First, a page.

Brazil, Germany, Norway & USA seek Tokyo gold

Tokyo, Japan, July 28, 2019 - The beach volleyball dress rehearsal event for the 2020 Olympic Games ends here Sunday with teams from Brazil, Germany, Norway and the United States vying for the gold medals at the Tokyo Open at Shiokaze Park.

With the Tokyo Open being the 412th women's FIVB Beach Volleyball World Tour event since the start of FIVB sanctionned events in August 1992, Sunday's finale between fourth-seeded Agatha Bednarczuk/Eduarda "Duda" Lisboa of Brazil and top-seeded Alix Klineman/April Ross of United States will be the 101st gold medal match between the two countries with the North American nation leading 55-45.

In comparison, the men's title match pitting top-seeded Anders Mol/Christian Sorum of Norway against 15th-seeded Nils Ehlers/Lars Fluggen of Germany is only the second men's FIVB gold medal meeting in 444 World Tour events since the start of international play in February 1987.

With Klineman and Ross winning the last Brazil/USA title match two weeks ago in Switzerland over Maria Antonelli/Carolina Salgado, Norway will be looking to tie the gold medal series with the Germans at 1-1 after David Klemperer/Eric Koreng defeated Tarjei Skarlund/Martin Spinnangr on July 4, 2010 in Stavanger, Norway.

The World Tour finalists at the 2010 Stavanger Grand Slam were (left to right) Martin Spinnangr, Tarjei Skarlund, David Klemperer and Eric Koreng.

While the two top-seeded teams in the finals reached Sunday’s gold medal matches with perfect 6-0 Tokyo Open records, both challengers have stumbled along the way with pool play setbacks before recovering to win three-straight elimination victories each.

Ehlers and Fluggen have had the longest route to the finals as the Germans had to win a qualifying match on Wednesday to advance to the Main Draw where the pair has posted three wins over higher-seeded teams from beach volleyball power Brazil to earn their first FIVB meeting with the Norwegians.

In addition, the Germans will be seeking to become the 27th men's team to win a World Tour gold medal after qualifying for the main draw. The last team to accomplish the feat at an elite FIVB event was the Grimalts (Esteban and Marco) as the Chilean cousins topped the podium in mid-March this season at Doha, Qatar.

While Ehlers and Fluggen stumbled once in pool play on Thursday, Agatha and Duda dropped two Tokyo Open group matches Thursday and Friday before recovering with three uncontested elimination wins Saturday where the Brazilians out-scored their opponents from the United States and Canada 126-79 in six sets.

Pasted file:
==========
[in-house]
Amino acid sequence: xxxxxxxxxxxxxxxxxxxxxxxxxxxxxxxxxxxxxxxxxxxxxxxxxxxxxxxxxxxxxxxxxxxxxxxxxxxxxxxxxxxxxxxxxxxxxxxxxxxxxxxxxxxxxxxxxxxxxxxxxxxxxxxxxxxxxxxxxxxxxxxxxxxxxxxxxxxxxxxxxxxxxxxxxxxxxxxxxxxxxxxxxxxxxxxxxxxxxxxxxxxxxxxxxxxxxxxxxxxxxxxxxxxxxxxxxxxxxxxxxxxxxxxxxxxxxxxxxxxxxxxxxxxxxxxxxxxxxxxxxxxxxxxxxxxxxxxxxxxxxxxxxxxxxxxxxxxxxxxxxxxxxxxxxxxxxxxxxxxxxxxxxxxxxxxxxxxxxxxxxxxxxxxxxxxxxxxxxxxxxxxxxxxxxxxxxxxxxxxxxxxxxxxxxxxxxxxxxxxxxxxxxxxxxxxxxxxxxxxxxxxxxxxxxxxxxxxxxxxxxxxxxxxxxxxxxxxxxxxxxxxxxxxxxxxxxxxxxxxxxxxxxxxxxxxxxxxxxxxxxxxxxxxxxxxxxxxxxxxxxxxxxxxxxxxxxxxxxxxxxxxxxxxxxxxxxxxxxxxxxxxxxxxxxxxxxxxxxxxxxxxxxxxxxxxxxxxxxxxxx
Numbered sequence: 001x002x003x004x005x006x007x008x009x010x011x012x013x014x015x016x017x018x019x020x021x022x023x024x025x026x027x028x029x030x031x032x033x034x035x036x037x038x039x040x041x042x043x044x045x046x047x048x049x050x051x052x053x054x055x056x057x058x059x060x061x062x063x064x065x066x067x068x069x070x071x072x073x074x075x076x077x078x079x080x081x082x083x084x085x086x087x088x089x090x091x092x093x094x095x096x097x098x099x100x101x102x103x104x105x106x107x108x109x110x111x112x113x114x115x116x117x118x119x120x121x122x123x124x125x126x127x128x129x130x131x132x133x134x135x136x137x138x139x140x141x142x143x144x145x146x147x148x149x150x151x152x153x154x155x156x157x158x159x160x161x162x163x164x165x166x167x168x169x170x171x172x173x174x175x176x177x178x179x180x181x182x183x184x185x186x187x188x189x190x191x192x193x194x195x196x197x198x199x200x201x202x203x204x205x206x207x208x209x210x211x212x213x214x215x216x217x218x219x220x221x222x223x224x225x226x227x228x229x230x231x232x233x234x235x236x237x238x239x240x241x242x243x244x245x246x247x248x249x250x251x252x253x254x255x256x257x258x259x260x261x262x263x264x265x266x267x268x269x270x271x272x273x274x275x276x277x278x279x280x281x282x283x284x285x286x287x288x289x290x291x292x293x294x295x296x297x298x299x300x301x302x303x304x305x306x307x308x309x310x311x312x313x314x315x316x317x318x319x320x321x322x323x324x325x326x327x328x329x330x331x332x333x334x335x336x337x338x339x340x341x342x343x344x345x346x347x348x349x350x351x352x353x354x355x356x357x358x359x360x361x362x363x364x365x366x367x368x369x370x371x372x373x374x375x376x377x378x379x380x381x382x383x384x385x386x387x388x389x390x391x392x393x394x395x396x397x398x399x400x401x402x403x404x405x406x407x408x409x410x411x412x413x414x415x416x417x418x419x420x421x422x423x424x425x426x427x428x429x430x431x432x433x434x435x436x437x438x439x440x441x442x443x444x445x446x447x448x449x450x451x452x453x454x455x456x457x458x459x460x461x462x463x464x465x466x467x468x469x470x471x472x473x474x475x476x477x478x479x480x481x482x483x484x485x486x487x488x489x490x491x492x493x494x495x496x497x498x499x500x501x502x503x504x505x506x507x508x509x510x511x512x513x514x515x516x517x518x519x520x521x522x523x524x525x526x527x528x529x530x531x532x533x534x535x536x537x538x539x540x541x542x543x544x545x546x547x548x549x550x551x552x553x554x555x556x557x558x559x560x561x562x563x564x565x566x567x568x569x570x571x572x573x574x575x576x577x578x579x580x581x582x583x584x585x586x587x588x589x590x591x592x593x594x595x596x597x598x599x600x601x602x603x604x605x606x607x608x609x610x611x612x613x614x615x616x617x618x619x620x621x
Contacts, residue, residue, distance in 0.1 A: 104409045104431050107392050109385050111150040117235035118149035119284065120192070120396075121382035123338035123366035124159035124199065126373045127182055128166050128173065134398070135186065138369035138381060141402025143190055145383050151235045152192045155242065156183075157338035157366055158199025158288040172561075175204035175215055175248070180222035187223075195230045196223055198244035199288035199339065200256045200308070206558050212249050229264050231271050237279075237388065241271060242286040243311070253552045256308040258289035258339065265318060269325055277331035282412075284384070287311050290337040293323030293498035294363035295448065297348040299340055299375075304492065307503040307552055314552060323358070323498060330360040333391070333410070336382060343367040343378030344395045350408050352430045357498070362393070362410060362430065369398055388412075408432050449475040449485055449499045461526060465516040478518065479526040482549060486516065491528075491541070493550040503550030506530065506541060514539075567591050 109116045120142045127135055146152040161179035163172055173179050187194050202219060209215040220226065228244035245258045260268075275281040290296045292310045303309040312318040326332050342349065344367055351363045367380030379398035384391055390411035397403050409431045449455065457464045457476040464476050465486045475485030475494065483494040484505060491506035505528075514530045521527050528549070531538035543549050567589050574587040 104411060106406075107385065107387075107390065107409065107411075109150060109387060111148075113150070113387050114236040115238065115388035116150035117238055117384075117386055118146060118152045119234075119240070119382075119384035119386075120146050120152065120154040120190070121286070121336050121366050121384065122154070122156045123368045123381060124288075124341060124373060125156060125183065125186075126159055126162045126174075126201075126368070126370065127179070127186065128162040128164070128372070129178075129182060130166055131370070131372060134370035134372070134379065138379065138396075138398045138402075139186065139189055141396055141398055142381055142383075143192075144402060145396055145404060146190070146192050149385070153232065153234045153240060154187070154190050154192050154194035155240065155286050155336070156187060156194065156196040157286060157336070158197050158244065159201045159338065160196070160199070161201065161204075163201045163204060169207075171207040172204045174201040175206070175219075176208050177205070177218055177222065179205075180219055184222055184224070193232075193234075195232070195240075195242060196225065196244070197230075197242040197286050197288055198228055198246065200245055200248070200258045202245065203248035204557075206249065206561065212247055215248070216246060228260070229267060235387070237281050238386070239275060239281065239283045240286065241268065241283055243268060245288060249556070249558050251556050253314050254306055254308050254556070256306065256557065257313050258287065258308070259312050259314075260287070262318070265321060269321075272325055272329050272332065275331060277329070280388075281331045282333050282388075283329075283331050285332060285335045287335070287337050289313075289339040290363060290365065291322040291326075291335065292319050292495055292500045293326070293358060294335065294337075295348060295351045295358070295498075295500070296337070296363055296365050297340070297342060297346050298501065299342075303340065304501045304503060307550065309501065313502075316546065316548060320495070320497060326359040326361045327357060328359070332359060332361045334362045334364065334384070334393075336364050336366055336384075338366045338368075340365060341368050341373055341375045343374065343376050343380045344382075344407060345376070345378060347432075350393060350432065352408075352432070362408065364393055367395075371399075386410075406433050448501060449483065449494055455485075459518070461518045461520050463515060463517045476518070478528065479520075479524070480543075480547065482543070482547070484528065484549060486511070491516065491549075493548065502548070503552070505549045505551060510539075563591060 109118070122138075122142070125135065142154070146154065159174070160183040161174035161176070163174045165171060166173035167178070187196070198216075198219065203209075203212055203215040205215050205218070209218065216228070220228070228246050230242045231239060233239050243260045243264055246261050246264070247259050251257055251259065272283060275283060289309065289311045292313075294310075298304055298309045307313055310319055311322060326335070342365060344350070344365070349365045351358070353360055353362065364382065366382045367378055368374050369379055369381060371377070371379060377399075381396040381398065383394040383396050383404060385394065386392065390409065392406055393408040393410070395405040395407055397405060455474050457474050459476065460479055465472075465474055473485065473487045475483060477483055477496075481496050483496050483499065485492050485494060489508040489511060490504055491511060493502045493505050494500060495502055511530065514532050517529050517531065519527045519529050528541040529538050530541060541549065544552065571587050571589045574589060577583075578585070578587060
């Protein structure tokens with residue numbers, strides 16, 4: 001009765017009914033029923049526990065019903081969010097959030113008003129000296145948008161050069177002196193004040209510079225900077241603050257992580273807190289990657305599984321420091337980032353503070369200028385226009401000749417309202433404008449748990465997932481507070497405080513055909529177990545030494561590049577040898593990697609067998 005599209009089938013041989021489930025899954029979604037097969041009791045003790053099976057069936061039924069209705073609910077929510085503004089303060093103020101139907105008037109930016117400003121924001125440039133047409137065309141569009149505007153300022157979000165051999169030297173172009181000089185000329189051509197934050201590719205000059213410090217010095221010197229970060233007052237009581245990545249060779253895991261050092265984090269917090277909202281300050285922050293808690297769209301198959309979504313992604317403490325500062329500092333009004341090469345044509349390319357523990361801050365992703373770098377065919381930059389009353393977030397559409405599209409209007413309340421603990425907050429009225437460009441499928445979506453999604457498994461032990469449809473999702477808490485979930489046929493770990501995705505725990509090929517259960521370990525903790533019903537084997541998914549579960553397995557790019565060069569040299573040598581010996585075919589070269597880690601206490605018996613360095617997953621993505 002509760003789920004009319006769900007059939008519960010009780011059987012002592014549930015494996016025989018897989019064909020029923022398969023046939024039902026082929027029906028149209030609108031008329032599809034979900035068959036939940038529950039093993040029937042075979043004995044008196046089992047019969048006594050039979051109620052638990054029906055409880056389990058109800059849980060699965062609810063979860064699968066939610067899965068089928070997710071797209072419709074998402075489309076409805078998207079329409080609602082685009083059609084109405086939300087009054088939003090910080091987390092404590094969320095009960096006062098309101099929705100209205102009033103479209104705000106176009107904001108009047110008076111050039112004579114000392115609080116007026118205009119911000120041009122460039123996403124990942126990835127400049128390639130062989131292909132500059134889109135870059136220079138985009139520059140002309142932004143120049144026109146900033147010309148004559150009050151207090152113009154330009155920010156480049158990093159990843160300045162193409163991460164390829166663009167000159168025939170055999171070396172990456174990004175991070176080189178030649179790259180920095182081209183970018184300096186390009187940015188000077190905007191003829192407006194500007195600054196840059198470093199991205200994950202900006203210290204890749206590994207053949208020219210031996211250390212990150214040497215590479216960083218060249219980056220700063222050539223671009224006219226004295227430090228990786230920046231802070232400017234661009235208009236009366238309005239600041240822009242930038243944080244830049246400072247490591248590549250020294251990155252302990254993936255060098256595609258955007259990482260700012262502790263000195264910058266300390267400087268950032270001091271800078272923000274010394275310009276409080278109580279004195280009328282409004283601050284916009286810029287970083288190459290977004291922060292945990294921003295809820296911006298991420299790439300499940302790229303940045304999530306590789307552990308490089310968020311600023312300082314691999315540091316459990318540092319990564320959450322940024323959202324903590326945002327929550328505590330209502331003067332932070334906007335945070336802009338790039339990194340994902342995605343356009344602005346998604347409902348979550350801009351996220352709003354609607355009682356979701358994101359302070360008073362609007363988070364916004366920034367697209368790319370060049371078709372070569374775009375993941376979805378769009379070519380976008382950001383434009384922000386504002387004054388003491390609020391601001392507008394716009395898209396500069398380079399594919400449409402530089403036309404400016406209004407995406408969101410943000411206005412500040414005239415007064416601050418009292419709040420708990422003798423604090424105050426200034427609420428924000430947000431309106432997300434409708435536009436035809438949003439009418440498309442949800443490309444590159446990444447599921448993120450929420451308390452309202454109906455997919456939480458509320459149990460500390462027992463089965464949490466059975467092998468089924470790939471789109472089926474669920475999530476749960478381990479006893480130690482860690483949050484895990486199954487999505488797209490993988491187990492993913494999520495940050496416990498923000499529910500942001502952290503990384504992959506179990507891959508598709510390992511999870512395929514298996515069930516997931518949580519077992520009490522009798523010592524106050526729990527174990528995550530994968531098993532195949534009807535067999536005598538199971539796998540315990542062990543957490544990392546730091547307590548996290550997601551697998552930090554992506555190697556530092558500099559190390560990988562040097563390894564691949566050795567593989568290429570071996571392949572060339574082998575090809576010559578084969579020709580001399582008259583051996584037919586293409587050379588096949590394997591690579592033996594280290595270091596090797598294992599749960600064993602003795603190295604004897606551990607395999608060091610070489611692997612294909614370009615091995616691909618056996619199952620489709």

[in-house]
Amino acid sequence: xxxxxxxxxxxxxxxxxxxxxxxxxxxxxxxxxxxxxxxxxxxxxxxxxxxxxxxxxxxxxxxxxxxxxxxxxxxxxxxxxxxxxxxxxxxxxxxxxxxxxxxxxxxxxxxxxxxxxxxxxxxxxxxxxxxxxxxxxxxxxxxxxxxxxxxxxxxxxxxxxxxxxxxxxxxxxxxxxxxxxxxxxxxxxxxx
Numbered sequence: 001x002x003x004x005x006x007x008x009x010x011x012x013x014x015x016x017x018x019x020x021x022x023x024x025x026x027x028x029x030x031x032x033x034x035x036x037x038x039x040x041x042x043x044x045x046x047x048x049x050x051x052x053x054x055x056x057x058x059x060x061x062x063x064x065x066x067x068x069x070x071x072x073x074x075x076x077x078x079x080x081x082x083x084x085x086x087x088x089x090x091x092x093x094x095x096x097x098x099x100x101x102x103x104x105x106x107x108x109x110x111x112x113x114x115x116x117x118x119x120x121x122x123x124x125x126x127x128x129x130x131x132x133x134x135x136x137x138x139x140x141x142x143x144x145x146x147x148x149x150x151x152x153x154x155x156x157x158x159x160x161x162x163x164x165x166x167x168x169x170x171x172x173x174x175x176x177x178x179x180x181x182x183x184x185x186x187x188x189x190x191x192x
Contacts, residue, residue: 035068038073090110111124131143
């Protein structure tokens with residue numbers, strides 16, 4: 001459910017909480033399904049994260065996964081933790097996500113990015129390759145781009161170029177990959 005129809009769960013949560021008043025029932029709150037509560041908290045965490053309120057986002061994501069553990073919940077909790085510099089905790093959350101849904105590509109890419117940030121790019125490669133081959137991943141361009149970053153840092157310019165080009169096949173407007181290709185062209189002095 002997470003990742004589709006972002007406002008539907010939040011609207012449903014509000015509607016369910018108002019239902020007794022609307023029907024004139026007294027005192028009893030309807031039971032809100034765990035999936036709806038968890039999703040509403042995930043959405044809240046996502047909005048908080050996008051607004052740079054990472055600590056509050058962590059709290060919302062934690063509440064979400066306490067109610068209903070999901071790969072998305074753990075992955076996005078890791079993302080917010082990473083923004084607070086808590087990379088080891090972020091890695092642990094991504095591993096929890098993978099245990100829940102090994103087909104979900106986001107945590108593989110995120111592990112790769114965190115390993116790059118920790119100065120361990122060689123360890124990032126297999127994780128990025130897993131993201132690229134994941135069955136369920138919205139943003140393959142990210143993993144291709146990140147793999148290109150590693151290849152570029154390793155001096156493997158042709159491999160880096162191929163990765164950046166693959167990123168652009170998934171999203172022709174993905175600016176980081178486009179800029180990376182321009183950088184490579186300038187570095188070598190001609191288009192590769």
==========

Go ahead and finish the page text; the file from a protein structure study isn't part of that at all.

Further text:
In chasing gold medals on Sunday, Ehlers and Fluggen will be playing in their first finale as the Tokyo Open is the Germans' 12th World Tour event together as the pair has amassed a 21-17 FIVB match mark. Mol and Sorum will be seeking World Tour gold medal No. 9 as the Norwegians are playing in their 11th title match in 26 FIVB events together with an impressive 170-25 record (81 percent winning percentage).

Both women's teams with be chasing their fifth FIVB gold medal together. Agatha and the 20-year-old Duda will be playing in their eighth FIVB finale as the Tokyo Open is their 29th World Tour appearance together with a 116-42 match mark (73%). The Tokyo Open is Klineman and Ross' sixth gold medal match as the Americans have posted a 67-20 record (77%) in 15-plus international tournaments together.

As for gold medal matches, Norwegian men's teams are 16-8 in World Tour gold medal matches. German men's teams are 20-36 in FIVB title matches plus one event (Espinho, 2005) where both teams were from the European country.

American women are 87-64 in FIVB gold medal matches plus 22 where both teams were from the United States. Brazilian women's teams are 108-80 in World Tour finales plus 61 times where both teams were from the South American country.

Finally, the men's gold medal match marks the 71st all-European finale on the FIVB World Tour and the seventh this season. The feat has been accomplished 36 times by European women, including six times this year.


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